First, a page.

• A requirement for annual training for field workers; under both California and federal regulations, field workers are required to be trained every five years. 

Due to the need to permit states enforcement agencies, farm employers, and EPA time to adjust to the new regulations, many of the revisions will not become effective until 14 months after publication in the Federal Register.

FELS will keep you updated as more information becomes available.

 Standards Board Approves Tractor Carrier Rule

At it's August 20 meeting, the Cal/OSHA Standards Board approved a regulation permitting in-field use of tractor-mounted personnel carriers, officially designated Agricultural Personnel Transport Carriers by the Board.Tractor-mounted personnel carriers have been used for more than 25 years in the southern Central Valley and the Central Coast for the purpose of transporting irrigators in a transportation unit usually mounted to the three-point hitch on the same tractor towing a trailer carrying irrigation pipe.  This practice spares workers from walking long distances from pipe storage areas to fields, and in fields following the tractor towing the pipe trailer as the tractor moves through the field to distribute irrigation pipe.

The regulation was the result of years of consideration by the Standards Board.  The final rule places significant limits on the use of tractor-mounted personnel carriers including:

  • In-field use only in low-lying crops; no use on farm roads.  Farm Bureau and others had advocated for farm-road use to facilitate movement irrigators along with irrigation pipe from storage facilities to field; 

  • Tractor carriers may only be occupied by workers in the furrowed area of the field; 

  • The slope of field may not exceed 5%; 

  • Occupants of the tractor carrier must exit the carrier when the tractor turns at the end of a row; 

  • Occupants must exit the carrier when the tractor passes within 10 feet of a ditch, retention pond, unprotected edge of an embankment of levee, culvert or other overturn hazard. 

 You can review the final version of the tractor personnel carriers rule at this link 


Agricultural Personnel Transport Carriers Hearing Notice

NOTICE IS HEREBY GIVEN that the Occupational Safety and Health Standards Board (Board) proposes to adopt, amend or repeal the foregoing provisions of Title 8 of the California Code of Regulations in the manner described in the Informative Digest, below.

Read more: Ag. Personnel Transport Carriers Hearing Notice

New Resources for Lead Hazard Communication

New lead warning signs and labels are now available to help employers comply with updated Cal/OSHA hazard communication requirements. The 2015 newsletter from the Occupational Lead Poisoning Prevention Program (OLPPP) alerts employers to the new requirements and offers the new OLPPP materials for free.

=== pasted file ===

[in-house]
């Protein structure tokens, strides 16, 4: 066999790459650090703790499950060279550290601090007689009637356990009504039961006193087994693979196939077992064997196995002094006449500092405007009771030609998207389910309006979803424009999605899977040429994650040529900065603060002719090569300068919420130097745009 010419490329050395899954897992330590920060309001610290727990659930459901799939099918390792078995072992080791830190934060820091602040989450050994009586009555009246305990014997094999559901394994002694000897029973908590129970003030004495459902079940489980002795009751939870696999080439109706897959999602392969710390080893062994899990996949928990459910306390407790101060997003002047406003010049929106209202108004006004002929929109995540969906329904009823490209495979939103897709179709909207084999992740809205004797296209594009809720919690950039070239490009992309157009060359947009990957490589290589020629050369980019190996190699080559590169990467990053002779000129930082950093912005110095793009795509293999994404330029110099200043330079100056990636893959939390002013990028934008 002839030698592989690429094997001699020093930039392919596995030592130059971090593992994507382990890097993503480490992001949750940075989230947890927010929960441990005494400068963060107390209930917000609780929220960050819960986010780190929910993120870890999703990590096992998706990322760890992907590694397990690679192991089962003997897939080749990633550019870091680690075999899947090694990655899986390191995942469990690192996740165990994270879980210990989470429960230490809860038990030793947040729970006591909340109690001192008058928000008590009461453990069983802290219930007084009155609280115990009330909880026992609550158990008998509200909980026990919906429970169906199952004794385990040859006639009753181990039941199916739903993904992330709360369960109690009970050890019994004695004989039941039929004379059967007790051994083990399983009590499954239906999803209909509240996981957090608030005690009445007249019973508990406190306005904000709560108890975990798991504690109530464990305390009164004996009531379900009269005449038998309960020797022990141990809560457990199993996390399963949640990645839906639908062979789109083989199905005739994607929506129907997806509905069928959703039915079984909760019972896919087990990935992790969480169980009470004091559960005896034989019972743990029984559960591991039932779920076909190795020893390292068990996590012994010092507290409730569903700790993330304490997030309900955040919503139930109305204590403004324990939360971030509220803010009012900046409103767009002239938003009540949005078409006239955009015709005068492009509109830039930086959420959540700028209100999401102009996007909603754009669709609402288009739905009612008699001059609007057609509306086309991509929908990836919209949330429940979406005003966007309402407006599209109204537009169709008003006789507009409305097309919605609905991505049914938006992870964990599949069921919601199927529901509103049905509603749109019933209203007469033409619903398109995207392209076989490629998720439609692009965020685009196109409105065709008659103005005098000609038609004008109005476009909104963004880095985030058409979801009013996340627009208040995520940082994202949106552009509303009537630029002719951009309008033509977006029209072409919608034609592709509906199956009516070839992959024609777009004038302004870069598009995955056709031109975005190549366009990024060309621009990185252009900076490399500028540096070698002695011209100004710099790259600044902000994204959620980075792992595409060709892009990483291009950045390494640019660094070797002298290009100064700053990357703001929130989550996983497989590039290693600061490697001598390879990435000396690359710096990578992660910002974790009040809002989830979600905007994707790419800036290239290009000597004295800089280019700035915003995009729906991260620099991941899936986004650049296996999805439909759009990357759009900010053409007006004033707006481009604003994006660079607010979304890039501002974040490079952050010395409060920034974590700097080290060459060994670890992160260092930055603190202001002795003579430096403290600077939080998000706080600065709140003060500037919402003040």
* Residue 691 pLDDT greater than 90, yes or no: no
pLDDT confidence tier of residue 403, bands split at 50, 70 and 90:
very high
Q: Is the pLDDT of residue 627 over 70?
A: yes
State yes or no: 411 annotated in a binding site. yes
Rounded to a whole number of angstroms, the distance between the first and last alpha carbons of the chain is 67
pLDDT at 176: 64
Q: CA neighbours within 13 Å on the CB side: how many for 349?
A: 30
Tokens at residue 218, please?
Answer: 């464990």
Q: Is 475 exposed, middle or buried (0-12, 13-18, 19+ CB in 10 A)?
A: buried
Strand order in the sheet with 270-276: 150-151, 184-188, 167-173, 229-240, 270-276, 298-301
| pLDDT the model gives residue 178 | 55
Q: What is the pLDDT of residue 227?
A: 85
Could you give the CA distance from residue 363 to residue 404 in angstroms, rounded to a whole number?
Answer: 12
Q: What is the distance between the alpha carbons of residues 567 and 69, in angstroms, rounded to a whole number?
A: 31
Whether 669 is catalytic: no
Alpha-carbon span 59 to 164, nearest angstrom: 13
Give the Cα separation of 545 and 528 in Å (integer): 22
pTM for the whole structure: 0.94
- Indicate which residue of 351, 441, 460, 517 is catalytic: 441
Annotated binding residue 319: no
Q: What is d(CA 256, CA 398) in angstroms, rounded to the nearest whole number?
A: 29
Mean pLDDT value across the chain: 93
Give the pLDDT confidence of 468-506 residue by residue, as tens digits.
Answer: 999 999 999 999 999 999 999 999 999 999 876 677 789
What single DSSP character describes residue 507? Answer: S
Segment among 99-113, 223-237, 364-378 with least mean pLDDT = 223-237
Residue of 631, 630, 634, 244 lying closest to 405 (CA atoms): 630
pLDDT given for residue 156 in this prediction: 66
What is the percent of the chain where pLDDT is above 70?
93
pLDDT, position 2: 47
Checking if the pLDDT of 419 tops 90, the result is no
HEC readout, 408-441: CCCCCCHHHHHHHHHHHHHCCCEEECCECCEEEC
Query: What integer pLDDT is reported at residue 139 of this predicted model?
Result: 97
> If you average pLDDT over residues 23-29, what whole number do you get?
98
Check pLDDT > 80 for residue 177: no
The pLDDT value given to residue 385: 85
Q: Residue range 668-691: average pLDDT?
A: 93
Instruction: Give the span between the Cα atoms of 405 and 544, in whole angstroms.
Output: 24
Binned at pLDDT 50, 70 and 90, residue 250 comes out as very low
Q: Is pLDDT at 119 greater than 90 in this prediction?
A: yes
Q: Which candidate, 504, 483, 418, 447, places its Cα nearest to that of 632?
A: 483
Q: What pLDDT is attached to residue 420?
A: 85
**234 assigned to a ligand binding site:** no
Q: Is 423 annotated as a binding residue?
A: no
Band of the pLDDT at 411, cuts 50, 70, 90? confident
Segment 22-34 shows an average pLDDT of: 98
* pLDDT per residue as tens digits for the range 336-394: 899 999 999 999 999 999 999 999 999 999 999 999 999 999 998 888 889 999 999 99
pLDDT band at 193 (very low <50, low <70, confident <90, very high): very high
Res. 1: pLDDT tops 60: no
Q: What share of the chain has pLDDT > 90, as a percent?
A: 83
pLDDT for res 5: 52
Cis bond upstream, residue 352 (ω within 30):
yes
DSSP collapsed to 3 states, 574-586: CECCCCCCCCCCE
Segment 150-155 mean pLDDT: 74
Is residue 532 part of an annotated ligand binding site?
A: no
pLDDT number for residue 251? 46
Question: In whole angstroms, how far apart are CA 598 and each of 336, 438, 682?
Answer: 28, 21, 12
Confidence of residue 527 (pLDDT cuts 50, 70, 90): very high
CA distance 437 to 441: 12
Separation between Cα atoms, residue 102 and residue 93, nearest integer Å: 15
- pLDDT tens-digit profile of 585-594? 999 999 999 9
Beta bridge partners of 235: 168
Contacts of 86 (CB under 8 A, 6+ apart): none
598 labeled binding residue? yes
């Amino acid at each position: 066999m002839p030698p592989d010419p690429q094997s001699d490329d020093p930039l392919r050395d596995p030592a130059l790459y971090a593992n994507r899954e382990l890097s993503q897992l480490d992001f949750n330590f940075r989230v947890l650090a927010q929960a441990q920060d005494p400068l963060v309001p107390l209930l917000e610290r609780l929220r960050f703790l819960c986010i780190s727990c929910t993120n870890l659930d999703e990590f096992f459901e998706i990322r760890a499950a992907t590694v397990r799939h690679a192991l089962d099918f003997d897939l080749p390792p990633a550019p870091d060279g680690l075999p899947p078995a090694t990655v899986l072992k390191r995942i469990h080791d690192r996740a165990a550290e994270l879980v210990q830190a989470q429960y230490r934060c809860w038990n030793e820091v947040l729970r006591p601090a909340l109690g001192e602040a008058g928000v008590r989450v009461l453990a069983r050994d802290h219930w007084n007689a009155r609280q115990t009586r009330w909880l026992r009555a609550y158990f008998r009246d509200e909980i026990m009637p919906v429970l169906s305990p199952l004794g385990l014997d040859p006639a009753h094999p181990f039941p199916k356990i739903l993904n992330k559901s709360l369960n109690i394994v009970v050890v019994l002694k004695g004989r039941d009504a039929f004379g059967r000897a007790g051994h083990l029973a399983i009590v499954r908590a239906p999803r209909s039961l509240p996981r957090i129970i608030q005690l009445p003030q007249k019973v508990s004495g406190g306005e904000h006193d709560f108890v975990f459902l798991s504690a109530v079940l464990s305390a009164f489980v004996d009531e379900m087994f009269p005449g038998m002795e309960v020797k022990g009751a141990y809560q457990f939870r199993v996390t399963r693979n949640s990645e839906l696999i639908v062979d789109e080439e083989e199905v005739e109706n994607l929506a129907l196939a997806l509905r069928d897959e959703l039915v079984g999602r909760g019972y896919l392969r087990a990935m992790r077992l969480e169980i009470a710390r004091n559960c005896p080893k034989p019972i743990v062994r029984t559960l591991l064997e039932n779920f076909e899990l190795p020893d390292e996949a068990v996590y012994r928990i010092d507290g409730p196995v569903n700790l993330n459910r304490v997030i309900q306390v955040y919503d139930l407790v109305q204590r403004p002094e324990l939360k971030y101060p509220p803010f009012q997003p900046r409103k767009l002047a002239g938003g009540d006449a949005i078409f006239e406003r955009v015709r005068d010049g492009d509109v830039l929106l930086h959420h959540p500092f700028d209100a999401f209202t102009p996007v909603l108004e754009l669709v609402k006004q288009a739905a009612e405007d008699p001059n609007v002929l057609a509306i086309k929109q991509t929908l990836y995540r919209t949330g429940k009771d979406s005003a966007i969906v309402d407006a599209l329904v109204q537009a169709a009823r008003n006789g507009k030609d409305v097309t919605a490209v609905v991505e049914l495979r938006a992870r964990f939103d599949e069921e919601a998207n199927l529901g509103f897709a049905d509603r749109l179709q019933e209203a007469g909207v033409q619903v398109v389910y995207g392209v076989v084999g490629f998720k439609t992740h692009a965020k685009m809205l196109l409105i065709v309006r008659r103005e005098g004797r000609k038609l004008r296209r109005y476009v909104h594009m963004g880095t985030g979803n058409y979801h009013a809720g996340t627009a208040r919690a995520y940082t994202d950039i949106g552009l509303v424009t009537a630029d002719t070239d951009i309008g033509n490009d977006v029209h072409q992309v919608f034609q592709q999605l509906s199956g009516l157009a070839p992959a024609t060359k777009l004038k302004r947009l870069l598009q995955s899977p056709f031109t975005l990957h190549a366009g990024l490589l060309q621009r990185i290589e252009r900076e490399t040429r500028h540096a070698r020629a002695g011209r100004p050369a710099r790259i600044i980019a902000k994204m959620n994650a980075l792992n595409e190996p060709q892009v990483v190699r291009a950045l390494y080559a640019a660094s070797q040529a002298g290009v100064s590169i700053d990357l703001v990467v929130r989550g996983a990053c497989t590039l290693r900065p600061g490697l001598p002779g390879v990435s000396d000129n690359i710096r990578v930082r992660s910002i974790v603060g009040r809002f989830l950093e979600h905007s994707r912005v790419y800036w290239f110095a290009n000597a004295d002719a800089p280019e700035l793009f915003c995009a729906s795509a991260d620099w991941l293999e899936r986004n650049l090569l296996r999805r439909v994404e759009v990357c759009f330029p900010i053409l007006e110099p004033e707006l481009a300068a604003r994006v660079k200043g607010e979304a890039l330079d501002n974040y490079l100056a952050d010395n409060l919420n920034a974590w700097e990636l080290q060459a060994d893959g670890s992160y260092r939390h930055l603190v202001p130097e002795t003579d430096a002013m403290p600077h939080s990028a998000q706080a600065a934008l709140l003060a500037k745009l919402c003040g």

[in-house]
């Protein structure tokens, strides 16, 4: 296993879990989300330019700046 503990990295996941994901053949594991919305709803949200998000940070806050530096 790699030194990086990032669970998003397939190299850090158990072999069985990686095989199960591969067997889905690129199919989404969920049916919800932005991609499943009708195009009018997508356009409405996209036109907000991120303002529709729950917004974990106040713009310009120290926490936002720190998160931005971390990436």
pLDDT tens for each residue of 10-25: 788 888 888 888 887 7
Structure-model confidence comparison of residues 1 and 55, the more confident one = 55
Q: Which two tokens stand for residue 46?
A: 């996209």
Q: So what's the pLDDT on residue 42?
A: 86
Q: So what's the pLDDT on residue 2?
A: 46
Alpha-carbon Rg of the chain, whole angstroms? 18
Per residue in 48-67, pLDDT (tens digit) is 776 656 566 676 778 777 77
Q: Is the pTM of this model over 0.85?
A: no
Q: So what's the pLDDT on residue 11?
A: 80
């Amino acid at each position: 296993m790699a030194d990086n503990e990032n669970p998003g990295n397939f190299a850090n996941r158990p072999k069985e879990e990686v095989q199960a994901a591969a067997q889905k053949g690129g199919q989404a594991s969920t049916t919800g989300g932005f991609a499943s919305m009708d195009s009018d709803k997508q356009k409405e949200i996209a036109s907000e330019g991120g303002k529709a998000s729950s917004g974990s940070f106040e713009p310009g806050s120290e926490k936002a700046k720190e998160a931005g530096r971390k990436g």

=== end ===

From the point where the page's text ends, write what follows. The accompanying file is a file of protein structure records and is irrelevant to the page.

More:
Read more: Resources for New Hazard Communication

Heat Illness Standard Proposal Revised

On November 19, Cal/OSHA and the Cal/OSHA Standards Board released a revised proposal to change the Heat Illness Prevention Standard.  The agency originally released a proposed revision on August 8, and held a public hearing on September 25.  FELS parent organization, California Farm Bureau Federation and a number of other ag organizations testified at that hearing and raised a number of objections and concerns:

Read more: Heat Illness Standard Proposal Revised

Cal/OSHA Standards Board Sets Hearing Date, Comment Period on Heat Illness Proposal

On August 8, the Cal/OSHA Standards Board released a proposed revision to the Heat Illness Prevention Standard, Section 3395 of Title 8 of the California Code of Regulations. At the same time, the agency set a comment period for the proposed regulation -- August 8, 2014 through September 25, 2014 -- and set a public hearing for September 26 in San Diego.

You can view the Standards Boards' notice, along with the Initial Statement of Reasons and the proposed revision at this link.

Read more: Comment Period, Hearing Set for Heat Illness Revision

Cal/OSHA Submits Draft Heat Illness Regulation

On May 28, the Division of Occupational Safety and Health of the Department of Industrial Relations submitted a proposed revision to the Heat Illness Prevention Standard, Section 3395 of Title 8 of the California Code of Regulations.  The agency indicates it has initiated this regulatory process with a goal of having a revised standard in place for the 2015 growing season.

Read more: Cal/OSHA Submits Draft Heat Illness Reg

Kicking-Off the 2014 Heat Season

Cal/OSHA recently reminded agricultural employers of the agency's upcoming Heat Illness Prevention standard enforcement activity.  The goal of the program is to reduce the incidence of heat illness statewide and ensure compliance with California's heat illness standard. 

Read more: Kicking Off the 2014 Heat Season